He also established the Institute of Organic Husbandry which held a series of weekend courses on organic farming and gardening and attracted visitors from as far afield as North America, Australia, and India.[7] Visitors to Goosegreen Farm included the author and organic farmer, Robert Henriques, Fyfe Robertson, of Picture Post, Lady Eve Balfour, founder of the Soil Association, Laurence Easterbrook, Juliette de Baïracli Levy, Doris Grant, author of Your Daily Bread, and writers and artists such as Elspeth Huxley, Reginald Reynolds, and Ethel Mannin, as well as Richard de la Mare, the agricultural editor of the publisher Faber & Faber which later published Newman Turner's books. Henriques and Grant were also among the trustees of the Producer Consumer Whole Food Society which was founded and sponsored by The Farmer to put growers and consumers of organic produce in touch with each other.[8] Newman Turner also served on the council of The Soil Association.[9]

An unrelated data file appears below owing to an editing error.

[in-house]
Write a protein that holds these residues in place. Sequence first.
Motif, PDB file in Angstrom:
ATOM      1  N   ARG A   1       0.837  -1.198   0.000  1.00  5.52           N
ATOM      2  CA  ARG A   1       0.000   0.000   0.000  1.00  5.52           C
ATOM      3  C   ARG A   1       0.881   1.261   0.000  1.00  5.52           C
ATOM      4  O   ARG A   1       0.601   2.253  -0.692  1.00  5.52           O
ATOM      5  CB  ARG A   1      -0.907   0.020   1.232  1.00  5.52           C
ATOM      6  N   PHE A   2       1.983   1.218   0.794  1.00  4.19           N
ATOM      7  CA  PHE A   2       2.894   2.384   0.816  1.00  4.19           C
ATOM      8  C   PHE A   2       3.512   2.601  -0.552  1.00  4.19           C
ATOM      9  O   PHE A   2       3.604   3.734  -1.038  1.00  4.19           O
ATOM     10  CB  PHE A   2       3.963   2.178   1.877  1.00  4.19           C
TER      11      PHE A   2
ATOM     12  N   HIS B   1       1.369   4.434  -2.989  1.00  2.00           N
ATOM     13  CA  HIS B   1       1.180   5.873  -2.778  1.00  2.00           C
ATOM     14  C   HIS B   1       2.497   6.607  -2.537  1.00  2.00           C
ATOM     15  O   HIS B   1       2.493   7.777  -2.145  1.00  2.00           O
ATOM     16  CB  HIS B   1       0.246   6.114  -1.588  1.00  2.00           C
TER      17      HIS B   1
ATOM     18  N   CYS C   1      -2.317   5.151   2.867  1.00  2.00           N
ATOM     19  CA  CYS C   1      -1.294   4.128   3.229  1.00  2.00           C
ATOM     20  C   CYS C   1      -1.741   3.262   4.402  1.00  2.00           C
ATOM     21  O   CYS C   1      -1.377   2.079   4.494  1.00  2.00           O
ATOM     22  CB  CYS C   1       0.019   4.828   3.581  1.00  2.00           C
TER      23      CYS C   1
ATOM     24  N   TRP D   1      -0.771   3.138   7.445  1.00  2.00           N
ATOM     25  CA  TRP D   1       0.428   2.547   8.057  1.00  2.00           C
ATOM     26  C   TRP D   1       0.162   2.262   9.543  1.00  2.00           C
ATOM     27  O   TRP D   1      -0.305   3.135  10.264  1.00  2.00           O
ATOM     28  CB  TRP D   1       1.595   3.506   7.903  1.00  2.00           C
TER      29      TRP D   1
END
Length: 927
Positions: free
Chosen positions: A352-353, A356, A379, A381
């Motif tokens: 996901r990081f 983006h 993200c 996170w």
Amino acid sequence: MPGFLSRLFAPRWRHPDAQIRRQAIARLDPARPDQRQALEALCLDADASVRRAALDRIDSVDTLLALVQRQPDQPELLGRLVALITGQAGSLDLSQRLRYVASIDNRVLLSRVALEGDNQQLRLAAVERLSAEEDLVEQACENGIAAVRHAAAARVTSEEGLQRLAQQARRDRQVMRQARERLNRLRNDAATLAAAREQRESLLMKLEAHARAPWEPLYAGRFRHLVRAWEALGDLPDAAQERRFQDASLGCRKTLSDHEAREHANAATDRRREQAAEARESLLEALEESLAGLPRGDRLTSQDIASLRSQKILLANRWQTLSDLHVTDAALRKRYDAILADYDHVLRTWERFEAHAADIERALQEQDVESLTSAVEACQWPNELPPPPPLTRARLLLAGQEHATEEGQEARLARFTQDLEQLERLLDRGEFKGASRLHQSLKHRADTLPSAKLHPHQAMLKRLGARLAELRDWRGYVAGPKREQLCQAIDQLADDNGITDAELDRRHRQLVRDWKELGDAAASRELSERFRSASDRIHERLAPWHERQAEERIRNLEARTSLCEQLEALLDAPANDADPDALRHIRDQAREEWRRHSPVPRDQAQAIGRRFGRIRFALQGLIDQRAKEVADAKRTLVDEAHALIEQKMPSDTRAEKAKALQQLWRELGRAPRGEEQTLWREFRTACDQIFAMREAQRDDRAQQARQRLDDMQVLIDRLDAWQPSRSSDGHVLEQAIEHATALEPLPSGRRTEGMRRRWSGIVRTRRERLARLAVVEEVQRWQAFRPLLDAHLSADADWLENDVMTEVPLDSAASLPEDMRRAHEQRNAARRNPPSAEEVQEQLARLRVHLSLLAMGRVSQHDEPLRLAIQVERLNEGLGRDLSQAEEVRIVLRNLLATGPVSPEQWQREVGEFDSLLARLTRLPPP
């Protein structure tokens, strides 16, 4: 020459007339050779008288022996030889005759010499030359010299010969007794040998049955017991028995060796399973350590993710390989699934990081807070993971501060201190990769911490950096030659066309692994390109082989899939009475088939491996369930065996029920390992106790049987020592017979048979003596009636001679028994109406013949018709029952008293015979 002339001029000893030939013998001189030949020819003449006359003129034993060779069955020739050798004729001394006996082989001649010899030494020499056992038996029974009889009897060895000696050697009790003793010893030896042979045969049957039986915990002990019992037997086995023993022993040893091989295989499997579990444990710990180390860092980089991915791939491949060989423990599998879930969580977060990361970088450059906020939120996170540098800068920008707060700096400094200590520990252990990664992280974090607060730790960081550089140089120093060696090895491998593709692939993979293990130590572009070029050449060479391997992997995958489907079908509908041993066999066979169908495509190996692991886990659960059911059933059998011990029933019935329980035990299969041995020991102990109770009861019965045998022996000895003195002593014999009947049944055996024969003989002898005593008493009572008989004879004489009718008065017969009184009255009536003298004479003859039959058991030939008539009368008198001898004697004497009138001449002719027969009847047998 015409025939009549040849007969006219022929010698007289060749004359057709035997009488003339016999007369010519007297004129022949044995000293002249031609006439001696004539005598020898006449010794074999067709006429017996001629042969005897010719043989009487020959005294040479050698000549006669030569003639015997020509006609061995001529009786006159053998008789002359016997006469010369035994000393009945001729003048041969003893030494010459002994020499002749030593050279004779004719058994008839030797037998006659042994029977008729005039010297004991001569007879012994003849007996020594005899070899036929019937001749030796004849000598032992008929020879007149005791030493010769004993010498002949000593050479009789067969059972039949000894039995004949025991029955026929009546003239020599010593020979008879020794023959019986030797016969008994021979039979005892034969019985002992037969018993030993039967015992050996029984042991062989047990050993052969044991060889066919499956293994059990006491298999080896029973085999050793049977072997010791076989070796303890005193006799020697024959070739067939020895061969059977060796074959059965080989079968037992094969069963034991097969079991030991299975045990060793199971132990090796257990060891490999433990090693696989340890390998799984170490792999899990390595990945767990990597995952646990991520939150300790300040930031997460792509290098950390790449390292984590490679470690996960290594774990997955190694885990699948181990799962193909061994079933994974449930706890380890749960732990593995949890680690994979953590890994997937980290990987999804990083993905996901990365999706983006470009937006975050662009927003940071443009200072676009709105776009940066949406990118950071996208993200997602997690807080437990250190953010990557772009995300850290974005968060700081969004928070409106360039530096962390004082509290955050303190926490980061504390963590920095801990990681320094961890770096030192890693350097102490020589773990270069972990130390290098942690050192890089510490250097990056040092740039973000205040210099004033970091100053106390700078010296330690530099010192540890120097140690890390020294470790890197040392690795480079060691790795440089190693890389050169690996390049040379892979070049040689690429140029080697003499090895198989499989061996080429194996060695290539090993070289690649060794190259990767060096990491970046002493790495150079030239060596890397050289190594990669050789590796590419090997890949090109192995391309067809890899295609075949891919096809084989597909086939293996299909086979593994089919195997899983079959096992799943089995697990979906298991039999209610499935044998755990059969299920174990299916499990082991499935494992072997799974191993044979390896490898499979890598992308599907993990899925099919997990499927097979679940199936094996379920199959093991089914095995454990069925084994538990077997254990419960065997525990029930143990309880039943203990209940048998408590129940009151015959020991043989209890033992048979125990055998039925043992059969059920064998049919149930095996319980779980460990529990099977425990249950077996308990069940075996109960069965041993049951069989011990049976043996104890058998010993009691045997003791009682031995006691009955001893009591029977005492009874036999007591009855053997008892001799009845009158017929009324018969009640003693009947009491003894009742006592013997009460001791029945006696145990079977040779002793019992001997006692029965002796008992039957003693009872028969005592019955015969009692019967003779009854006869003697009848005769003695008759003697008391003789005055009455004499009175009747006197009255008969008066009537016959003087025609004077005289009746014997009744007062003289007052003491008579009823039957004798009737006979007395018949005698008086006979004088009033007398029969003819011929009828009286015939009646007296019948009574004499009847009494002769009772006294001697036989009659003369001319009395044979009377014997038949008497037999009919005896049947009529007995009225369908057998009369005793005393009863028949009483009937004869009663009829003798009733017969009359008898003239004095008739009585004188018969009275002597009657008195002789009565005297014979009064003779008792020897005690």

Writing and publishing[edit]